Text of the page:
Ying M, Xu R, Wu X, Zhu H, Zhuang Y, Han M, Xu T. Sodium butyrate ameliorates histone hypoacetylation and neurodegenerative phenotypes in a mouse model for DRPLA. J Biol Chem. 2006 281(18):12580-6; PubMed http://www.ncbi.nlm.nih.gov/pubmed/16407196, PMID=16407196 (accessed February 2014).

Minamiyama M, Katsuno M, Adachi H, Waza M, Sang C, Kobayashi Y, Tanaka F, Doyu M, Inukai A, Sobue G. Sodium butyrate ameliorates phenotypic expression in a transgenic mouse model of spinal and bulbar muscular atrophy. Hum Mol Genet. 2004 13(11):1183-92; PubMed http://www.ncbi.nlm.nih.gov/pubmed/15102712, PMID=15102712 (accessed February 2014).

Säemann MD, Böhmig GA, Osterreicher CH, Burtscher H, Parolini O, Diakos C, Stöckl J, Hörl WH, Zlabinger GJ. Anti-inflammatory effects of sodium butyrate on human monocytes: potent inhibition of IL-12 and up-regulation of IL-10 production. FASEB J. 2000 14(15):2380-2; PubMed http://www.ncbi.nlm.nih.gov/pubmed/11024006, PMID=11024006 (accessed February 2014).

Ranganna K, Yatsu F, Hayes B. Butyrate, a small pleiotropic molecule with multiple cellular and molecular actions : Its role as an anti-atherogenic agent. Recent research developments in molecular and cellular biochemistry. 2005 2(1):123-151; PubMed http://cat.inist.fr/?aModele=afficheN&cpsidt=17893322, CPSIDT=17893322 (accessed February 2014).

Gao Z, Yin J, Zhang J, Ward RE, Martin RJ, Lefevre M, Cefalu WT, Ye J. Butyrate improves insulin sensitivity and increases energy expenditure in mice. Diabetes. 2009 58(7):1509-17; PubMed http://www.ncbi.nlm.nih.gov/PubMed/19366864, PMID=19366864 (accessed February 2014).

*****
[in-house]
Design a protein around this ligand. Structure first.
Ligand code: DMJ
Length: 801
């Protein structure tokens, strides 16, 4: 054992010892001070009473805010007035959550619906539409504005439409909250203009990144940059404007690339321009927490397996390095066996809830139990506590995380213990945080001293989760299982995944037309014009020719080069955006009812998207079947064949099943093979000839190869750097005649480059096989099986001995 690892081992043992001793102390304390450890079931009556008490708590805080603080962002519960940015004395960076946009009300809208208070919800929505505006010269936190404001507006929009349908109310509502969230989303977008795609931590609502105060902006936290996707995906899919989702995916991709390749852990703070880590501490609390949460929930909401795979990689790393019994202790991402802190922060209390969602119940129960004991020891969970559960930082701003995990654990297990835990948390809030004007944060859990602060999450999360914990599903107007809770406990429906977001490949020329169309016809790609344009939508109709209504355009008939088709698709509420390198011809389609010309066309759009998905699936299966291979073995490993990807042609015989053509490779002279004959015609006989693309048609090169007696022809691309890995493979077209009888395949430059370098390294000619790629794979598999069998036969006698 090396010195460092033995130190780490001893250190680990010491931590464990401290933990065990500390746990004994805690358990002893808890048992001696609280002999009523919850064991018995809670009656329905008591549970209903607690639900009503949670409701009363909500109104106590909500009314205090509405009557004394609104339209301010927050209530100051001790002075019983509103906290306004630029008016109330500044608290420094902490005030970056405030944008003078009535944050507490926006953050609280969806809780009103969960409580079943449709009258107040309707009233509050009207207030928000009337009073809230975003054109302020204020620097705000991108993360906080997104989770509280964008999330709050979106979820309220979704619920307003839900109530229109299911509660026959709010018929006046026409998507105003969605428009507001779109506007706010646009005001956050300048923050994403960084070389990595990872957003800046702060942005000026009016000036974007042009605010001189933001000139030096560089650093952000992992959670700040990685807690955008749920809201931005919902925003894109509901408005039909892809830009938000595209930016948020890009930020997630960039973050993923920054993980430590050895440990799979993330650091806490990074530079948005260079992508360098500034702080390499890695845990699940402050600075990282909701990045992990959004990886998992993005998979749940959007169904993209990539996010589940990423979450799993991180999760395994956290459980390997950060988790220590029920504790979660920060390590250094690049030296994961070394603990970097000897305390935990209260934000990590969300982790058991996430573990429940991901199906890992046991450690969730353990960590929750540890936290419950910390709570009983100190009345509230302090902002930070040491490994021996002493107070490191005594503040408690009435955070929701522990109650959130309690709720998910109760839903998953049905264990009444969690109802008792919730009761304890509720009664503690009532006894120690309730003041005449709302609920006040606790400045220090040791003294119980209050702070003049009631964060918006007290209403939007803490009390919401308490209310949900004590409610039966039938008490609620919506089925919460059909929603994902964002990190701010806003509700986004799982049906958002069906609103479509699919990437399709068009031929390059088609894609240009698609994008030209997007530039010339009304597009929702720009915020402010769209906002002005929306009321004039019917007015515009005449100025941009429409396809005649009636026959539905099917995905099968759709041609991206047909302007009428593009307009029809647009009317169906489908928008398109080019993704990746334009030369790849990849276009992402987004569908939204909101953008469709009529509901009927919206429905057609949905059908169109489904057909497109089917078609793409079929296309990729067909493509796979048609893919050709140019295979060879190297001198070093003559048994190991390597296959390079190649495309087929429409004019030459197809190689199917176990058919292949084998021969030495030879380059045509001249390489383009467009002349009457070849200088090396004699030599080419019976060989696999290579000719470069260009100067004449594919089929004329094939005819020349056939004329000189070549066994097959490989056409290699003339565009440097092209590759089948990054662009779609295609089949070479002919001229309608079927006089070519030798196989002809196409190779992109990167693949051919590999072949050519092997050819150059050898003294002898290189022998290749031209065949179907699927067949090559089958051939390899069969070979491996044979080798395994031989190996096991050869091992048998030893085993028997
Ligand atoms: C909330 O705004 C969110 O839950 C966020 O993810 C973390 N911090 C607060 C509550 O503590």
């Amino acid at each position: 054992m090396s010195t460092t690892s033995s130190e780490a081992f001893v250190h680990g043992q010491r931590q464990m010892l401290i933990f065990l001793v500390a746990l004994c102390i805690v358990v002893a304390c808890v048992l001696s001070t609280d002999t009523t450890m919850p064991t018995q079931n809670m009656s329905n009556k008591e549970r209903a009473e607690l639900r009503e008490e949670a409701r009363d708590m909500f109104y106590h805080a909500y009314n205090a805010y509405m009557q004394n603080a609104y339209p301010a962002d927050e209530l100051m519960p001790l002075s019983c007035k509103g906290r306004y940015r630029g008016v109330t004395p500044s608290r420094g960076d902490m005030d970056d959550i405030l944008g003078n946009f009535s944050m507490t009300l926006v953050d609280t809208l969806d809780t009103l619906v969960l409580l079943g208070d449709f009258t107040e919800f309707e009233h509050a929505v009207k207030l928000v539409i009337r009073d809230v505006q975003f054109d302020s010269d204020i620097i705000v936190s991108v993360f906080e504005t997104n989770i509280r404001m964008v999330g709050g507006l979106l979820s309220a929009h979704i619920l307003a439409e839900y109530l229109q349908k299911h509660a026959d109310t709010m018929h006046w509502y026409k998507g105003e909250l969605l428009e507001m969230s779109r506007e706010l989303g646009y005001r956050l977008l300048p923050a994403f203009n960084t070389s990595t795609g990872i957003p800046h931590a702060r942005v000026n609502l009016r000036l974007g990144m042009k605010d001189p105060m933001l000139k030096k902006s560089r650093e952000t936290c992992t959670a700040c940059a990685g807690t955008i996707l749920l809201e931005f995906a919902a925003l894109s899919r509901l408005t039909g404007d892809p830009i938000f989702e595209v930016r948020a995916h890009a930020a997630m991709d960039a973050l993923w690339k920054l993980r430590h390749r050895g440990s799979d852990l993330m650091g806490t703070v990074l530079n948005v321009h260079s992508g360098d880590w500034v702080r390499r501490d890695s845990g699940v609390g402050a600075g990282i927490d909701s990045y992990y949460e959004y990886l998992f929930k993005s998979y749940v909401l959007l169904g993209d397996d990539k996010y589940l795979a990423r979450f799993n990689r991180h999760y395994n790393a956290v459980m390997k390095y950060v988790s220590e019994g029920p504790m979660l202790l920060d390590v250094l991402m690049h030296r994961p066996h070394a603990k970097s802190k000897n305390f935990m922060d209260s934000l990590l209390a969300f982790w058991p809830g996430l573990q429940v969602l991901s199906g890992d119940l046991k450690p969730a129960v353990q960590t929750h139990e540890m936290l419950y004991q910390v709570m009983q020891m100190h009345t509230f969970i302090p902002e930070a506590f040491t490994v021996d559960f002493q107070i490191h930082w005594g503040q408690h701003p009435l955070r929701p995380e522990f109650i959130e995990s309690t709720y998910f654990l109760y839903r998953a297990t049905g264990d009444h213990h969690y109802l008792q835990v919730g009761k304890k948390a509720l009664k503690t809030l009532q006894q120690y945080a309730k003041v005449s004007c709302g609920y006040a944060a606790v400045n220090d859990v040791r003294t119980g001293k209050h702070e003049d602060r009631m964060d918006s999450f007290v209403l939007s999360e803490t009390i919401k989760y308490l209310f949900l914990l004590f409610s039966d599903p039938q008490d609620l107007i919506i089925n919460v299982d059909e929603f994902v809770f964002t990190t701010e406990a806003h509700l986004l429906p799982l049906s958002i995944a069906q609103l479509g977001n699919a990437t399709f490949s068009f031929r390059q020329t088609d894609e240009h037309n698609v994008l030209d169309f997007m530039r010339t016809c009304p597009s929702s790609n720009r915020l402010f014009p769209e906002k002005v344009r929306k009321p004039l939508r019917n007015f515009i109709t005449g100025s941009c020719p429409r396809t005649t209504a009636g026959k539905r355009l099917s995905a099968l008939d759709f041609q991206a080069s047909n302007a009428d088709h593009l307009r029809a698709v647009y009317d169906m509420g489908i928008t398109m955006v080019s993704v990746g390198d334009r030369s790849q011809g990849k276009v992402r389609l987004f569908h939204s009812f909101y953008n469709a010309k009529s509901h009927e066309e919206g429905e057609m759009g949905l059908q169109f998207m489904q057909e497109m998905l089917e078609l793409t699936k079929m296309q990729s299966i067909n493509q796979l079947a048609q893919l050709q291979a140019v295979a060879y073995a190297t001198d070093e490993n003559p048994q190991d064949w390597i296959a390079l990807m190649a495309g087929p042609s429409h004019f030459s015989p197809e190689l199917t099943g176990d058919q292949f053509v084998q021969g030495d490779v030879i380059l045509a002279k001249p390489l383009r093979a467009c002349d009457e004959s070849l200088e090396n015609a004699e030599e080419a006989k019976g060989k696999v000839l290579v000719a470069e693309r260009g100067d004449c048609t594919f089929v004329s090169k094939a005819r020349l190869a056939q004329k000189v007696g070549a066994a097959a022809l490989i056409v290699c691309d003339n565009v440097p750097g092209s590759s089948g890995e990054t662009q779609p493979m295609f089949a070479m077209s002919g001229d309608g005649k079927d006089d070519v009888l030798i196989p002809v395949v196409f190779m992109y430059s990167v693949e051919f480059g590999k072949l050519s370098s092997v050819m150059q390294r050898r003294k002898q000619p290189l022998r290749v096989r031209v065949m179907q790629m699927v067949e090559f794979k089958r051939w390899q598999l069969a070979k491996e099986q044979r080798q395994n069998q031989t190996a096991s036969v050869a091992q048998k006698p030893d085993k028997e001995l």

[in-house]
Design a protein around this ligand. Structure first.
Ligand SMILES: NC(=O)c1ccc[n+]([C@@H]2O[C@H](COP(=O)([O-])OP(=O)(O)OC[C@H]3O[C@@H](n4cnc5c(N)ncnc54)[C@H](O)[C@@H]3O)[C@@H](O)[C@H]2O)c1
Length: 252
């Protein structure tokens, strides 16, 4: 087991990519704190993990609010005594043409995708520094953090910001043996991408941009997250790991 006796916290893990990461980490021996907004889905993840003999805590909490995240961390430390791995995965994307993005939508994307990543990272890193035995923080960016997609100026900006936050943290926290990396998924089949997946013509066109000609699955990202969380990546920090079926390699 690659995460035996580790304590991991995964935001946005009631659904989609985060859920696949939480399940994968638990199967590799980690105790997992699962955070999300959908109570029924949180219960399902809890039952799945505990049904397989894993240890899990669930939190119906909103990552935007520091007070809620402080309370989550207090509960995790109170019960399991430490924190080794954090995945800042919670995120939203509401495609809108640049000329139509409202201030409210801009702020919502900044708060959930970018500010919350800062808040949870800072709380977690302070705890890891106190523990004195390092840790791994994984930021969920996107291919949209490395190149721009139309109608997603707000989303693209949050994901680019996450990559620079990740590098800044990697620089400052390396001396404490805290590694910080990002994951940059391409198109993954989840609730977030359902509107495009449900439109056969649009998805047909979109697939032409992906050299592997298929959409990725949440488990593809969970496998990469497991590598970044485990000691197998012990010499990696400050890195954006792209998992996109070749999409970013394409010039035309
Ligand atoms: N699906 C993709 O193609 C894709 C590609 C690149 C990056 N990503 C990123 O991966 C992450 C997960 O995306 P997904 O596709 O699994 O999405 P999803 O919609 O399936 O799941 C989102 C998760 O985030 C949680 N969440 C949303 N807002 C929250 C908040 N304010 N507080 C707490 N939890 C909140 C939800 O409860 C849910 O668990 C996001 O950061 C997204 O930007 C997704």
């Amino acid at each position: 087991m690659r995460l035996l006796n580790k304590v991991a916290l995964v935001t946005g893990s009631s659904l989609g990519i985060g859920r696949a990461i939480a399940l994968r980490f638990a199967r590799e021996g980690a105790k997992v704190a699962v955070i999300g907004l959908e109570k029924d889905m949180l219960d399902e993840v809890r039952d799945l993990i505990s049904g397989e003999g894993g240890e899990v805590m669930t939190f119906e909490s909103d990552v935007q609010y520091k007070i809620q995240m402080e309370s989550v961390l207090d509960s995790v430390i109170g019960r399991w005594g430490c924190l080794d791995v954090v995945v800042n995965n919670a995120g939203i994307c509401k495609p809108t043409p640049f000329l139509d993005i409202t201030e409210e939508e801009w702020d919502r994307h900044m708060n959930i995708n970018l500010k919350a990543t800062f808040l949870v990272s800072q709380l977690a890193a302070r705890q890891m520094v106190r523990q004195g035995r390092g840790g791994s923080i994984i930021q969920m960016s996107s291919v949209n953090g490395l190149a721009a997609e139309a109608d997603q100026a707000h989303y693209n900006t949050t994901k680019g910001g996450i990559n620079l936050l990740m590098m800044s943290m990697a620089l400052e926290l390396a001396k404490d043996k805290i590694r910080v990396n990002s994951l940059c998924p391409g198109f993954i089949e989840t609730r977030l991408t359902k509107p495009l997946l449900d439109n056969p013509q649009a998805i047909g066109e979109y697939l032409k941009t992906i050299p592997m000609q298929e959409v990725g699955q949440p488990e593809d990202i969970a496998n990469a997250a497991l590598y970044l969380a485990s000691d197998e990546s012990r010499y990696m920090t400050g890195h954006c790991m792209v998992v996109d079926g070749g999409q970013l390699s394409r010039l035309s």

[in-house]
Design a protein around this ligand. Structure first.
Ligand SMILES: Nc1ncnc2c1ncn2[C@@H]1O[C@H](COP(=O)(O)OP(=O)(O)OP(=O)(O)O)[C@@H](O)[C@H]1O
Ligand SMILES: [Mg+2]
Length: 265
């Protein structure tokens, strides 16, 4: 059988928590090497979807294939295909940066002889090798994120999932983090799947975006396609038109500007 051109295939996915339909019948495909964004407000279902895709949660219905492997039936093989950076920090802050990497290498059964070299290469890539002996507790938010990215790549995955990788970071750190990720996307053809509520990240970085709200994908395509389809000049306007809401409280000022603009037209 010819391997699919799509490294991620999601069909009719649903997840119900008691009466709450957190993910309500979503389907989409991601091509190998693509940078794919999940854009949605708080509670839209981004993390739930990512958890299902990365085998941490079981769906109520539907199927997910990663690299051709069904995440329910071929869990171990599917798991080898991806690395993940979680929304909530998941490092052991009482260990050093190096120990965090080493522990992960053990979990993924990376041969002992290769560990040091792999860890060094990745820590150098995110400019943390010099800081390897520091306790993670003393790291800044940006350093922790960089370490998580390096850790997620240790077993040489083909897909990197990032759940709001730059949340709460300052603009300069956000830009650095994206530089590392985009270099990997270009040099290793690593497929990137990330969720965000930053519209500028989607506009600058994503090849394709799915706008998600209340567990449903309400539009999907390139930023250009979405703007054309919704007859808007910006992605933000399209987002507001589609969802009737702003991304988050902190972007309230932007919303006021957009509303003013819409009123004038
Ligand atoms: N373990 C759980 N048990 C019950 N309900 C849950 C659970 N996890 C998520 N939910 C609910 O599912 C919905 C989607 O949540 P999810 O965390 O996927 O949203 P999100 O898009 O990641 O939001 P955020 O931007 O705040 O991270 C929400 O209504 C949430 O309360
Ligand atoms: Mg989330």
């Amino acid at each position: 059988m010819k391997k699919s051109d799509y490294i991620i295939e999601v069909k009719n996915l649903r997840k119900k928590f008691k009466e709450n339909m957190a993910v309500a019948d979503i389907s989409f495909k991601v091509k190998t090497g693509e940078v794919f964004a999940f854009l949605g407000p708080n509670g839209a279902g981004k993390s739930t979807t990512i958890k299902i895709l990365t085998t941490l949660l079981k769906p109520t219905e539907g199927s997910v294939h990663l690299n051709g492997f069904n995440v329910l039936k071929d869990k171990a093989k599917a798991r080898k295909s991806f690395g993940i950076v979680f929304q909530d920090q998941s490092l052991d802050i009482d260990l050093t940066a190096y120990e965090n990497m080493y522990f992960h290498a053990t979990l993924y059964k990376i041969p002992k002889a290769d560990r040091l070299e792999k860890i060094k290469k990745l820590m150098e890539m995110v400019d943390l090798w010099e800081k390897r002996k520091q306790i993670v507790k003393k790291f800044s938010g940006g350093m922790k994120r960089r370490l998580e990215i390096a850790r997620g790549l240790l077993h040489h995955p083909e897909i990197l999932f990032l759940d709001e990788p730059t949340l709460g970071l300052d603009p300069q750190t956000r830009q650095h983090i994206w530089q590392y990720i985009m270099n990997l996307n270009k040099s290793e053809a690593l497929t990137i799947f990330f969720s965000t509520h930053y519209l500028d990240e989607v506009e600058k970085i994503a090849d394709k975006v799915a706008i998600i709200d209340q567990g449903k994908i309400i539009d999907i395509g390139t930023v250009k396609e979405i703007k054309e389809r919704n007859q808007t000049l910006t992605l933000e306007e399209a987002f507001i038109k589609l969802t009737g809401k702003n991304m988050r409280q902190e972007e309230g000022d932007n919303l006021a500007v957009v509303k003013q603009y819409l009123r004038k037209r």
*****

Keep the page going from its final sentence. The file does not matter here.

Daley CA, Abbott A, Doyle PS, Nader GA, Larson S. A review of fatty acid profiles and antioxidant content in grass-fed and grain-fed beef. Nutr J. 2010 9:10; PubMed http://www.ncbi.nlm.nih.gov/PubMed/20219103, PMID=20219103 (accessed February 2014).

Whigham LD, Cook ME, Atkinson RL. Conjugated linoleic acid: implications for human health. Pharmacol Res. 2000 42(6):503-10; PubMed http://www.ncbi.nlm.nih.gov/PubMed/11058400, PMID=11058400 (accessed February 2014).

Watson SJ. The relation of the colour and vitamin A content of butter to the nature of the ration fed: The influence of the ration on the yellow colour of the butter. II. The carotenoid and vitamin A contents of the butter. Biochem J. 1934 28(3):1076-85; PubMed http://www.ncbi.nlm.nih.gov/PubMed/16745452, PMID=16745452 (accessed February 2014).

On the Trail of the Elusive X-Factor: A Sixty-Two-Year-Old Mystery Finally Solved by Chris Masterjohn and published by the Weson A. Price Foundation, retrieved February 2014.

Geleijnse JM1, Vermeer C, Grobbee DE, Schurgers LJ, Knapen MH, van der Meer IM, Hofman A, Witteman JC. Dietary intake of menaquinone is associated with a reduced risk of coronary heart disease: the Rotterdam Study. J Nutr. 2004 134(11):3100-5; PubMed http://www.ncbi.nlm.nih.gov/pubmed/15514282, PMID=15514282 (accessed February 2014).

Demyelinating disease from Wikipedia retrieved February 2014.

Vos M, Esposito G, Edirisinghe JN, Vilain S, Haddad DM, Slabbaert JR, Van Meensel S, Schaap O, De Strooper B, Meganathan R, Morais VA, Verstreken P. Vitamin K2 is a mitochondrial electron carrier that rescues pink1 deficiency. Science. 2012 336(6086):1306-10; PubMed http://www.ncbi.nlm.nih.gov/pubmed/22582012, PMID=22582012 (accessed March 2014).

Sakamoto N, Nishiike T, Iguchi H, Sakamoto K. Possible effects of one week vitamin K (menaquinone-4) tablets intake on glucose tolerance in healthy young male volunteers with different descarboxy prothrombin levels. Clin Nutr. 2000 19(4):259-63; PubMed http://www.ncbi.nlm.nih.gov/pubmed/10952797, PMID=10952797 (accessed March 2014).